We release everything in simple sleeves. For instance, when we released Aldona Orłowska vinyl, the cover was designed by me and the friend of mine. We don’t really release dance music and we don’t want to have a definitive structure of releasing music, we just focus on stuff that we like. By the way, we’ve recently put out Portugal duo Tropa Macaca and it’s great.

Regarding Aldona, I’m just wondering how did you find her? Was she happy with your offer?

          Yes, she was really happy about it. She is from Poland, but now she lives with her husband in Malmo, Sweden, but she still sings in Polish too. They are a great couple because he does all the music (he plays trumpet) and she does the singing. They are doing it for years. Some time ago people were posting her videos like something new, strange, and funny. It was like an internet phenomenon for a month a year ago, but nothing more than this. We thought we’d like to transform it into a proper release.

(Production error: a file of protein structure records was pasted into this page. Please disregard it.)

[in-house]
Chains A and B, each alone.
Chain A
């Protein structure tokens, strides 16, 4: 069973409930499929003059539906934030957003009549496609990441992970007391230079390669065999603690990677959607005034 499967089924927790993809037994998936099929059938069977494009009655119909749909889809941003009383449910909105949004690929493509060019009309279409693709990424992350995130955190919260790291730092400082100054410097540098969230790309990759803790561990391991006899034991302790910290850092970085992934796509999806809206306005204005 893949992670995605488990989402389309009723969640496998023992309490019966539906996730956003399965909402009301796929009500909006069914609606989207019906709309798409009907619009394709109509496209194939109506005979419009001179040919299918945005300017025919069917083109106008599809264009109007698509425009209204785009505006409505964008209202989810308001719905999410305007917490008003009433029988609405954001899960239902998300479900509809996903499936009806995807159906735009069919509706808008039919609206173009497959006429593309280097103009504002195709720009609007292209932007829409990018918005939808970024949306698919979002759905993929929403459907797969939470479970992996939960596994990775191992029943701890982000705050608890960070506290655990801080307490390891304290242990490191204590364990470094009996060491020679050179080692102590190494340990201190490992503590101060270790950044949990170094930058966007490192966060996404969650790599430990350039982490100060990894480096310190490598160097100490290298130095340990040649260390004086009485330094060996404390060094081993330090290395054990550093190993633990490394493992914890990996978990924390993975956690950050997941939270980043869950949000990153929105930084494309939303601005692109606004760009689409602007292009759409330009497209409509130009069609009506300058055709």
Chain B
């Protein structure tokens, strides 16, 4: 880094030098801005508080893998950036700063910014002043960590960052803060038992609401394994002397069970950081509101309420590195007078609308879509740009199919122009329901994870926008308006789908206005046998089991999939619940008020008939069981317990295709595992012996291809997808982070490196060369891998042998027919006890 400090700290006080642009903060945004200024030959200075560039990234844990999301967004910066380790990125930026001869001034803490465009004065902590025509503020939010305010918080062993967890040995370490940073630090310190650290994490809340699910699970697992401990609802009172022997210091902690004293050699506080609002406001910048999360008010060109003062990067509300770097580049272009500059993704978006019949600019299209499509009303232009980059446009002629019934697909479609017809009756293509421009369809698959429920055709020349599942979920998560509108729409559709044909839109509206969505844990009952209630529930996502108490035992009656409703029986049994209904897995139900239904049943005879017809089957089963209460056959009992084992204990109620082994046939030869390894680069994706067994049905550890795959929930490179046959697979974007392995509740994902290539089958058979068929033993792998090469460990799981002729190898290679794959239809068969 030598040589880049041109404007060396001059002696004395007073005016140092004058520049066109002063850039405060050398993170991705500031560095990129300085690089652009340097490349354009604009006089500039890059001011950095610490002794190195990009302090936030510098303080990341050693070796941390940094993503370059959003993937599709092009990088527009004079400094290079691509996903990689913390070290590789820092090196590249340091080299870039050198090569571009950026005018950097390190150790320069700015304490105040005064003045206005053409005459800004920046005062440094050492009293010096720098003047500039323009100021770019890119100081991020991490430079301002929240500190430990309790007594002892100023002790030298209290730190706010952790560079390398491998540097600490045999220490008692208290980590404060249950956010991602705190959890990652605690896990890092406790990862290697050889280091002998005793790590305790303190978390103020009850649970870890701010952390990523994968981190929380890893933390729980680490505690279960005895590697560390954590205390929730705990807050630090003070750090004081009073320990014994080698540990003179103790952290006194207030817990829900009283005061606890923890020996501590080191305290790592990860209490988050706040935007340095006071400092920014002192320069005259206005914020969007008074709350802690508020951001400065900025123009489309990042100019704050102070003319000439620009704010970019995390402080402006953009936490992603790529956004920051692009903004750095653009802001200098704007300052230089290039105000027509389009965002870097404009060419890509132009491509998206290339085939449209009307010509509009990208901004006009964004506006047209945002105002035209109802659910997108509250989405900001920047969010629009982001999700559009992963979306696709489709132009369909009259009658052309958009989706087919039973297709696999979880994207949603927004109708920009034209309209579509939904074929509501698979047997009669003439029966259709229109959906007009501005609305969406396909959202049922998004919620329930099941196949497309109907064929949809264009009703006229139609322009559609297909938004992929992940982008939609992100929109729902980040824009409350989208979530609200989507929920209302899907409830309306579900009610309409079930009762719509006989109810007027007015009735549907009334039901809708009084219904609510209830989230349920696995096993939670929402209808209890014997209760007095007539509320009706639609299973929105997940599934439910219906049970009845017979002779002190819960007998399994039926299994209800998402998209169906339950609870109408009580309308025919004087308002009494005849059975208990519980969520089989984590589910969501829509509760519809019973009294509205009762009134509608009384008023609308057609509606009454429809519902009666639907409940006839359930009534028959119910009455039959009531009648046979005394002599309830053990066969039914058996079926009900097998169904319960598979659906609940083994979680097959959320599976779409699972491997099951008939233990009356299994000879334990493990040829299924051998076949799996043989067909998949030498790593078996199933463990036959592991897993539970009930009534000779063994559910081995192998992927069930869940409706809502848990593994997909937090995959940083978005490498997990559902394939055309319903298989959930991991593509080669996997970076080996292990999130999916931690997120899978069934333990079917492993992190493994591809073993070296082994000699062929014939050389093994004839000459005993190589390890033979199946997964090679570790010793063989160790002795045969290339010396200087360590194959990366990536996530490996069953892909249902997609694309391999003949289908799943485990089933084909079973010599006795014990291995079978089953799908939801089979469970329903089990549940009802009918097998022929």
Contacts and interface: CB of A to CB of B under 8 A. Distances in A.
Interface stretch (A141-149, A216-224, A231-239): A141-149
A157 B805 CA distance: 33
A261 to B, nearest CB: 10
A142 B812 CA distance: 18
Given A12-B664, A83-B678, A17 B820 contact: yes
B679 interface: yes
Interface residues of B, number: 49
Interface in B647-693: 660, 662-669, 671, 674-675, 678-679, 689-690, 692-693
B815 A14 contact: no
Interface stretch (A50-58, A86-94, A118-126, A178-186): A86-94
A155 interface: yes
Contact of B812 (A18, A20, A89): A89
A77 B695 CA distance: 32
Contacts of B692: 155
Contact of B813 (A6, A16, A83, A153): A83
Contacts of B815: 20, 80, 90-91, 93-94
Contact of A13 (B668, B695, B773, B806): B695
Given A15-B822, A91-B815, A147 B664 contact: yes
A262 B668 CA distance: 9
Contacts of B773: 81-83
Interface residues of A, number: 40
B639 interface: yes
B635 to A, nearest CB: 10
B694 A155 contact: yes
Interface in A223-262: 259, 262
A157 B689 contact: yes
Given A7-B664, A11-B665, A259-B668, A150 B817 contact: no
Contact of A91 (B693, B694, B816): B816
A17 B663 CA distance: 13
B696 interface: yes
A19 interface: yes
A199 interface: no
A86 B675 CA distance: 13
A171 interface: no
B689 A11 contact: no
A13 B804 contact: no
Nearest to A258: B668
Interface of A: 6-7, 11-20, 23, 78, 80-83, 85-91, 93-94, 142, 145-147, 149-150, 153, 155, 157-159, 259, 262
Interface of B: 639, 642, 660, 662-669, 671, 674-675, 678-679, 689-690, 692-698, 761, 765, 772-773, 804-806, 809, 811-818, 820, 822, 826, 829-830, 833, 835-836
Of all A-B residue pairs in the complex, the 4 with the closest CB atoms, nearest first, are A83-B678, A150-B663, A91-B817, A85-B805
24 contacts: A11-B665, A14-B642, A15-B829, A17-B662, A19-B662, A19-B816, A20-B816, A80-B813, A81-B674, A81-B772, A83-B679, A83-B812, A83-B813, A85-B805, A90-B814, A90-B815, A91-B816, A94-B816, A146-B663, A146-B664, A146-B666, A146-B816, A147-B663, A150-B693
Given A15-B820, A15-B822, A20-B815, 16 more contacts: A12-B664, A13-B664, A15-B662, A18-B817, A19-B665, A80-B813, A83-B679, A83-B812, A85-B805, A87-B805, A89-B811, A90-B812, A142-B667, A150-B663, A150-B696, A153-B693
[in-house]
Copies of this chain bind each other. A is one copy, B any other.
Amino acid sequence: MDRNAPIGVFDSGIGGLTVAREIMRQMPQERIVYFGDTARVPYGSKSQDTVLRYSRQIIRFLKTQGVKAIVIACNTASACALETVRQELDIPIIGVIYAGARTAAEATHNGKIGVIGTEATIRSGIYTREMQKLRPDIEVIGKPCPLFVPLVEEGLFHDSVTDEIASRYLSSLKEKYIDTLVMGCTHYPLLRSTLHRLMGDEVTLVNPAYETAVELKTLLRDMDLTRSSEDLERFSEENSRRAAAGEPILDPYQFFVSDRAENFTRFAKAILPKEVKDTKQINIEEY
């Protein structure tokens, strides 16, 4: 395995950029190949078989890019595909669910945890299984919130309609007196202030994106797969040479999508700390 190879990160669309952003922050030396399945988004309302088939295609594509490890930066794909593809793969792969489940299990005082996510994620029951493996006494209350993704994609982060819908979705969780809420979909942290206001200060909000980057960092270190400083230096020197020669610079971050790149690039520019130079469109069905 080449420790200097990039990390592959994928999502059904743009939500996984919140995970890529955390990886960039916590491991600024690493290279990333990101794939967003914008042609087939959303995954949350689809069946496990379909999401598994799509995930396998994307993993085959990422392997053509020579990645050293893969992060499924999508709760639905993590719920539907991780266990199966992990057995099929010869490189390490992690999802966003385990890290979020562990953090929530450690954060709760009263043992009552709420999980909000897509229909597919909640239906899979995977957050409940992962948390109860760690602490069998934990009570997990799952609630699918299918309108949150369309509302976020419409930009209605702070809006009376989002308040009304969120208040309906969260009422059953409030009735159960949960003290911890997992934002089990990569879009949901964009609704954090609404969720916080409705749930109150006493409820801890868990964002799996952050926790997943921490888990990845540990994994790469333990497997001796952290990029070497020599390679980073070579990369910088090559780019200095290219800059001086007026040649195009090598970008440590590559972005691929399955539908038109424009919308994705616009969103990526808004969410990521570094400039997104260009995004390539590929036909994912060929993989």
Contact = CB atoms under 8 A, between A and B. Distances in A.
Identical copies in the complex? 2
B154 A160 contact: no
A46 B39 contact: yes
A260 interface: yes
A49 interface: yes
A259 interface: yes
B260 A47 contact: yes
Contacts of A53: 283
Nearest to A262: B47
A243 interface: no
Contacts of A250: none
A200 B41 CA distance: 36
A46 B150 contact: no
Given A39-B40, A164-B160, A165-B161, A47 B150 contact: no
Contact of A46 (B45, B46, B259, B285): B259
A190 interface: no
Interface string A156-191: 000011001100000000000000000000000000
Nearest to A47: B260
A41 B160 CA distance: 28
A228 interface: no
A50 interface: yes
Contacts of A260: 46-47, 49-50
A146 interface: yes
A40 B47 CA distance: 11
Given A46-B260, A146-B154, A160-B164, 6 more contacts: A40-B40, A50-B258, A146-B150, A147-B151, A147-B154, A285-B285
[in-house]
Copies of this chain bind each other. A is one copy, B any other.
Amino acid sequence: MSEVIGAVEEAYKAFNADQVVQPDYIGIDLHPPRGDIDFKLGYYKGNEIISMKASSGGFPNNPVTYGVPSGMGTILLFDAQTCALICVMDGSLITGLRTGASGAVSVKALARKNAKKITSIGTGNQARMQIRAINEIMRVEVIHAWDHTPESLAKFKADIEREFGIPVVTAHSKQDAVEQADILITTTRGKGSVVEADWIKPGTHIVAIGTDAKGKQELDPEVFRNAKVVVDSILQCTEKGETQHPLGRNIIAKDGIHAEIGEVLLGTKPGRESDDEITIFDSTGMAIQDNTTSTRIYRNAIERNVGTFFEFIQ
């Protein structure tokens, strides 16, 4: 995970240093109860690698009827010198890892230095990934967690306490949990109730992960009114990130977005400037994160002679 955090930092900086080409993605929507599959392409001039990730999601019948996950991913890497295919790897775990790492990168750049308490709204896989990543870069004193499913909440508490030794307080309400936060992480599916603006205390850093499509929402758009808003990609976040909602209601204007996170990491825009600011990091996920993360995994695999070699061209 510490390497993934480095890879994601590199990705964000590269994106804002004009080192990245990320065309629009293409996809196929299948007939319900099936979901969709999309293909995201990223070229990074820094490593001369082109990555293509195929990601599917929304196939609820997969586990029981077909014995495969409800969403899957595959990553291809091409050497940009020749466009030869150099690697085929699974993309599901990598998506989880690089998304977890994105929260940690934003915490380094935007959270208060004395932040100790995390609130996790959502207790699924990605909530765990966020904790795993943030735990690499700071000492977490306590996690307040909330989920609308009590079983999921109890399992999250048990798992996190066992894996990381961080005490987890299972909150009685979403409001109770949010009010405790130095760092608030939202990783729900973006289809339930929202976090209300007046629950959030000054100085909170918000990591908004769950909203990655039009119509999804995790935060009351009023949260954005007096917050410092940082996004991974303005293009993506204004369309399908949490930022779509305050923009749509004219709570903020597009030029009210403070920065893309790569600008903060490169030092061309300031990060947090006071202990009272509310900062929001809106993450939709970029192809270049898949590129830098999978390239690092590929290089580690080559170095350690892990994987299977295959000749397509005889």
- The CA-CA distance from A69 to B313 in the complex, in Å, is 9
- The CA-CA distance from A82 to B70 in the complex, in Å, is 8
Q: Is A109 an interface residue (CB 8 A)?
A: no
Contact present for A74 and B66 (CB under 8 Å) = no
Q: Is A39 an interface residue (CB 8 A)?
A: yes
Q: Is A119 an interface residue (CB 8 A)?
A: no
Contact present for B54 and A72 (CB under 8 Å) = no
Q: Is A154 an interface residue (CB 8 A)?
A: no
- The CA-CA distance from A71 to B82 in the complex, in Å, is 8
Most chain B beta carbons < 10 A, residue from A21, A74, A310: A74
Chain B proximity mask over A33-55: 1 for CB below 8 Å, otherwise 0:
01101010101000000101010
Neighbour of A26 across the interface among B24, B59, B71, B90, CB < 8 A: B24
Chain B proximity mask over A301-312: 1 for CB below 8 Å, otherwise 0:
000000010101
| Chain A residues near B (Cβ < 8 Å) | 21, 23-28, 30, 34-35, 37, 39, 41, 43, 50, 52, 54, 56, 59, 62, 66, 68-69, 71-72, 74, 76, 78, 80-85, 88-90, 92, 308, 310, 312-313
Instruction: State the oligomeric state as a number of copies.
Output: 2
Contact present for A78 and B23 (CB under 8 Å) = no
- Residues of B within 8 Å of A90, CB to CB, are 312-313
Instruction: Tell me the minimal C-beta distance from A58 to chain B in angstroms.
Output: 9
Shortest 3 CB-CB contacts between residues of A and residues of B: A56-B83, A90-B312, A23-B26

And who has made an Ibiza remix? 🔈

          No one knows.

 

What were you listening to in your childhood? Has it influenced your tastes in music?

          I think everything that you listen to has a certain influence on things you do later. I grew up listening to a lot of rap and hip-hop music. We had some extreme psychedelic rap bands in Poland in the 90s, these were the first tapes I was buying when I was 7 or something. Then I was getting deeper into experimental music and other stuff. Now I’m still much into rap music, trying to be as curious and open-minded as a kid, to search for interesting things.

When did you realize that you want to make music?